“Time to brush your teeth.”

“Can I get some water?”

I sighed. It was always something.

“Yes, but it has to be quick, okay? It’s time to get ready for bed.”

She nodded. We traipsed back downstairs. Ella helicoptered around me as I went to get her cup, and then turn on the tap. When the cup was about 2/3rds full, I stopped it and put the plastic sippy on top. Making sure it was on tight, I handed the cup down to her. Those big brown eyes stared up at me as she drank. Sluuuuuurp. Sluuuuuuurp. She occasionally came up for air: inhaling in a big way for such a small girl, she quickly returned to sucking on the square tip.

“Ahhh. All done!”

“Are you sure?”



She nodded. I put the cup in the sink to deal with later and scooted her back upstairs. Bathroom.

Ella pulled out the stool and stood up on it. I forget how small I was, once. She reaches her whole arm out to get her toothbrush, and I help her get toothpaste on it. It’s hard to really call it “brushing,” but it’s better than nothing.

“I need to go potty.”

“Okay. I’ll be right outside, okay?”

The door closes awkwardly. I give it a few minutes, pace up and down the hall, check her room, get some matching pajamas out and lay them on her bed.

“Um, Sarah?” I hear from the door.

“Yes, Ella?”

“I need help.”

This was, I admit, one of the stranger parts of babysitting. I realize parents put the life of their child into my 14-year-old hands, but going to the bathroom feels too personal. What could she need help with? Then again, I’ve been successfully doing it on my own for years.

When the bathroom chores are out of the way, she carefully washes her hands and walks to her bedroom.

“Can I wear the stripe ones?”

“Why don’t you just wear these?”

“I want the stripe ones.”

“Okay,” I say, picking up the polka-dot pajama set off her bed. Stripes, tonight. I rummage in her top drawer to get them out. Finding both, I help her out of the rest of her clothes and into her pajamas. The head always makes me most nervous; it seems to always be the hardest hole for Ella to get through, and every other kid I’ve babysat. I toss her clothes into the laundry basket in the corner and help her into bed. Here comes the part I love and dread at the same time.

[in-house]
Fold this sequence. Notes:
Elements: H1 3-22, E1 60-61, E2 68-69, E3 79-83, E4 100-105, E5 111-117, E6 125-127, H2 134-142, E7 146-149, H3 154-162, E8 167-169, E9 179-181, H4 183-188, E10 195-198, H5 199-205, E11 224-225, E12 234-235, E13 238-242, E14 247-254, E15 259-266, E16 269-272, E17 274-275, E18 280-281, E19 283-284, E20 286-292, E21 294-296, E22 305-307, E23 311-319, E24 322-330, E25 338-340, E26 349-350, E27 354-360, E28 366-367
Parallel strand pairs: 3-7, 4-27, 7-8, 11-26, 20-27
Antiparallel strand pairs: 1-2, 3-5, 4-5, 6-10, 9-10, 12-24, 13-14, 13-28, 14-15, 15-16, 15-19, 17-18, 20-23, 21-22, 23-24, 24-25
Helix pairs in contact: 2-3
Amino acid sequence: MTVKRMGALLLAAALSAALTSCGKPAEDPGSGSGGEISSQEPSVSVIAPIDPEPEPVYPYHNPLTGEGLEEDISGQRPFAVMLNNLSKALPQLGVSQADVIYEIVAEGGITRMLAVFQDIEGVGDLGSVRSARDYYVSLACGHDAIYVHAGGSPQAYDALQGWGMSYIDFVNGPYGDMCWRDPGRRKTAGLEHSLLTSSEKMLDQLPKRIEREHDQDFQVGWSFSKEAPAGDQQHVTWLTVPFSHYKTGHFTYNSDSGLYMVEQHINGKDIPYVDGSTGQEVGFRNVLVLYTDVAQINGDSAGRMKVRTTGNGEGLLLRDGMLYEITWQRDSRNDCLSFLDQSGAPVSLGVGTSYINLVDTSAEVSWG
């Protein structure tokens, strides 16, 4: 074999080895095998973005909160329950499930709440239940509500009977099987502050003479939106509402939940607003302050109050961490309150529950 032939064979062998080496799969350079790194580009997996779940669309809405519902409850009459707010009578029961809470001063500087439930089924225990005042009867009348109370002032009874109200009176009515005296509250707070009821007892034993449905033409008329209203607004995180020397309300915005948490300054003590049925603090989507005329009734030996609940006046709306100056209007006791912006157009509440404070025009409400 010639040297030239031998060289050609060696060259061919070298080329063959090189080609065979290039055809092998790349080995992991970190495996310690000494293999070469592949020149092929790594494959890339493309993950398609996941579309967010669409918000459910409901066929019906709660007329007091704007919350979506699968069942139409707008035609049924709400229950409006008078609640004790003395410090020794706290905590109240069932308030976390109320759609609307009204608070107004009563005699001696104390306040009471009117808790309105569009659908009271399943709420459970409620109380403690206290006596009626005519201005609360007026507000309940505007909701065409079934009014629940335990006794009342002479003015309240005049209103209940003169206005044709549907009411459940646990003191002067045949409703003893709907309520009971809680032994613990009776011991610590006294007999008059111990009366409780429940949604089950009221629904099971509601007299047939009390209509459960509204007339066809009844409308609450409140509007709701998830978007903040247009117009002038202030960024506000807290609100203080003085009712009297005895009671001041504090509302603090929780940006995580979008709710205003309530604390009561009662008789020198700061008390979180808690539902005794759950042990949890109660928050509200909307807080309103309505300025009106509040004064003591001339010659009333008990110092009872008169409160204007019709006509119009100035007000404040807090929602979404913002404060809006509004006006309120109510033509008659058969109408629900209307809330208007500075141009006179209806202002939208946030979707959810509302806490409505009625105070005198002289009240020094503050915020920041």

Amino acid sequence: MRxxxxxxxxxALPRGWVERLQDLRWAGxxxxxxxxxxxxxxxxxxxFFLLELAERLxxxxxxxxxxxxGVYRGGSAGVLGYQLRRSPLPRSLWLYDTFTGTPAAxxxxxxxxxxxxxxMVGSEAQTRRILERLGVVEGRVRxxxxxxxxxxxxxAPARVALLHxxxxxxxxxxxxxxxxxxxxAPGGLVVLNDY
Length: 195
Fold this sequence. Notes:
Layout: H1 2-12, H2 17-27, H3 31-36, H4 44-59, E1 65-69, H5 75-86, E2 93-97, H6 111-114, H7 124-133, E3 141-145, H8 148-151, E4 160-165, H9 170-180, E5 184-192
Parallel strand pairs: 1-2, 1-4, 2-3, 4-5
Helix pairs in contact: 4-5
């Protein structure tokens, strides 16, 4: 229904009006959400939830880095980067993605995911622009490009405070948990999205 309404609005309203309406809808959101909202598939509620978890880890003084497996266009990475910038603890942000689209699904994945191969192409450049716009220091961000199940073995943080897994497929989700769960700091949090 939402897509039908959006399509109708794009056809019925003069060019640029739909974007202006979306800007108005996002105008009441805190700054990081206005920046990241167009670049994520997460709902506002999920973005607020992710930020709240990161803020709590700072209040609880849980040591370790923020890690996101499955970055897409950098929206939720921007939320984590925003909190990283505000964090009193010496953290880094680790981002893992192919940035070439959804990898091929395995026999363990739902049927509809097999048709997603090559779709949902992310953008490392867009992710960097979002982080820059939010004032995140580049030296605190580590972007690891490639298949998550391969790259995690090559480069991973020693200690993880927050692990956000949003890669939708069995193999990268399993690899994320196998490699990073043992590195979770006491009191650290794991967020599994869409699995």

“Will you read?”

“Of course, Ella. What do you want?”

“The alligator one!”

“Get under the covers, okay?”

“You come too.”


“Mommy always lies with me.”

“Oh. Yeah, let me get the book first, okay?”

She smiles. And how can you resist that? Still, this is why I dread it. It’s not the sleeping next to her, which I won’t actually do if I can help it, but it makes it awfully hard to sneak out without waking her. I settle in and she leans her head on my shoulder to see the pictures.

“Al the Alligator was an unusual alligator. He stood on two feet, and walked around, just like you and me. One day, he decided to visit his friend, Ollie the Ostrich…”

You know. One of those. I got through it, and closed the book.  “And that’s the end,” I whispered.

“Mm.” She nodded sleepily. A few seconds passed. “Can you read another one?” her tiny little voice said to me.

“Just one. I’ll be right back.”

A story about an alphabet family. Cute – and relatively easy to read. I’m always afraid I’ll get the beat wrong or not rhyme the right way. Silence. I slowly look to my left. Eyes: closed. She shifts down so her head can be totally on the pillow. But now, after a few times babysitting Ella, I know: it’s make or break time. One false move can change everything. And so, I wait. She breathes so peacefully, and I wish my sleep was so innocent. That nightmares involved green monsters and not friends or family. Also, that she’d wake up with boundless energy, again, ready for another fun day. Homework was increasingly leaving me sleep-deprived. I bounce these thoughts around, watching the small alarm clock. Sitting in absolute silence like this feels like an eternity. Finally, when I deem it’s been long enough, and her breathing pattern is a touch slower, a touch steadier, I prepare for my exit. This is a process.

An inch at a time, I roll down the covers on me, taking care not to move anything near her. I slide my knees up, gently slipping one foot dangerously close to the floor. It always creaks. I pause here, thinking it has been nearly too much. I wait another 30 seconds, and grip her nightstand for support. Cringing, I let my foot take most of my body. The other comes down, I slide the covers back on the bed, and pause again. I forget to breathe. I glance at Ella. Nothing yet. Tiptoeing, I pick up my shoes on the floor and get to the hallway. Gingerly, I close the door.

Exhale. The stairs are a little work, too, since they creak a lot, but I manage to dance down them and enter the living room. I pick up a random book and wait.